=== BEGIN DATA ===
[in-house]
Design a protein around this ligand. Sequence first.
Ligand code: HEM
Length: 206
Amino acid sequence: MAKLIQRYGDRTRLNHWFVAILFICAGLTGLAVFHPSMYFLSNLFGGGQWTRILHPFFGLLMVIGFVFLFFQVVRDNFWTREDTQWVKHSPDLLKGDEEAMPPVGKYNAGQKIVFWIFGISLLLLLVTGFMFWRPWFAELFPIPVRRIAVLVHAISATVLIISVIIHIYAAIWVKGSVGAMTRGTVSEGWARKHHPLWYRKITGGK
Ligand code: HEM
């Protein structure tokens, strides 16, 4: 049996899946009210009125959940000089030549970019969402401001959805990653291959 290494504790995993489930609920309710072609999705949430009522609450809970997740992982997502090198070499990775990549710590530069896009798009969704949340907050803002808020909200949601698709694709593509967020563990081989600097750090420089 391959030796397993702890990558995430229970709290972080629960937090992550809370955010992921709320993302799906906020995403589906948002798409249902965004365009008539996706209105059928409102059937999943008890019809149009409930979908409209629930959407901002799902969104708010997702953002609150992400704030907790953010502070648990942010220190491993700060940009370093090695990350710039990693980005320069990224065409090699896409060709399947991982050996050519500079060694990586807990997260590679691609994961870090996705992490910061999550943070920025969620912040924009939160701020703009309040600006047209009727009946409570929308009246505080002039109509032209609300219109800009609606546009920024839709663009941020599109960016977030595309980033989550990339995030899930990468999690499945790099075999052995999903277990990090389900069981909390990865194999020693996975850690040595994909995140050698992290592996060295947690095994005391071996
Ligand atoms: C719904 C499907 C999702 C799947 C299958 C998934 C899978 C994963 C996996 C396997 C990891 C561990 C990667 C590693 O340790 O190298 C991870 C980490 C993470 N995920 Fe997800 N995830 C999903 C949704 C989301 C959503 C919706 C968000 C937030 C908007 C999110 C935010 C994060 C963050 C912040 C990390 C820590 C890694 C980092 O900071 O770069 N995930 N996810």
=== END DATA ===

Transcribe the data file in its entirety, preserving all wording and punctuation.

[in-house]
Design a protein around this ligand. Sequence first.
Ligand code: HEM
Length: 206
Amino acid sequence: MAKLIQRYGDRTRLNHWFVAILFICAGLTGLAVFHPSMYFLSNLFGGGQWTRILHPFFGLLMVIGFVFLFFQVVRDNFWTREDTQWVKHSPDLLKGDEEAMPPVGKYNAGQKIVFWIFGISLLLLLVTGFMFWRPWFAELFPIPVRRIAVLVHAISATVLIISVIIHIYAAIWVKGSVGAMTRGTVSEGWARKHHPLWYRKITGGK
Ligand code: HEM
């Protein structure tokens, strides 16, 4: 049996899946009210009125959940000089030549970019969402401001959805990653291959 290494504790995993489930609920309710072609999705949430009522609450809970997740992982997502090198070499990775990549710590530069896009798009969704949340907050803002808020909200949601698709694709593509967020563990081989600097750090420089 391959030796397993702890990558995430229970709290972080629960937090992550809370955010992921709320993302799906906020995403589906948002798409249902965004365009008539996706209105059928409102059937999943008890019809149009409930979908409209629930959407901002799902969104708010997702953002609150992400704030907790953010502070648990942010220190491993700060940009370093090695990350710039990693980005320069990224065409090699896409060709399947991982050996050519500079060694990586807990997260590679691609994961870090996705992490910061999550943070920025969620912040924009939160701020703009309040600006047209009727009946409570929308009246505080002039109509032209609300219109800009609606546009920024839709663009941020599109960016977030595309980033989550990339995030899930990468999690499945790099075999052995999903277990990090389900069981909390990865194999020693996975850690040595994909995140050698992290592996060295947690095994005391071996
Ligand atoms: C719904 C499907 C999702 C799947 C299958 C998934 C899978 C994963 C996996 C396997 C990891 C561990 C990667 C590693 O340790 O190298 C991870 C980490 C993470 N995920 Fe997800 N995830 C999903 C949704 C989301 C959503 C919706 C968000 C937030 C908007 C999110 C935010 C994060 C963050 C912040 C990390 C820590 C890694 C980092 O900071 O770069 N995930 N996810």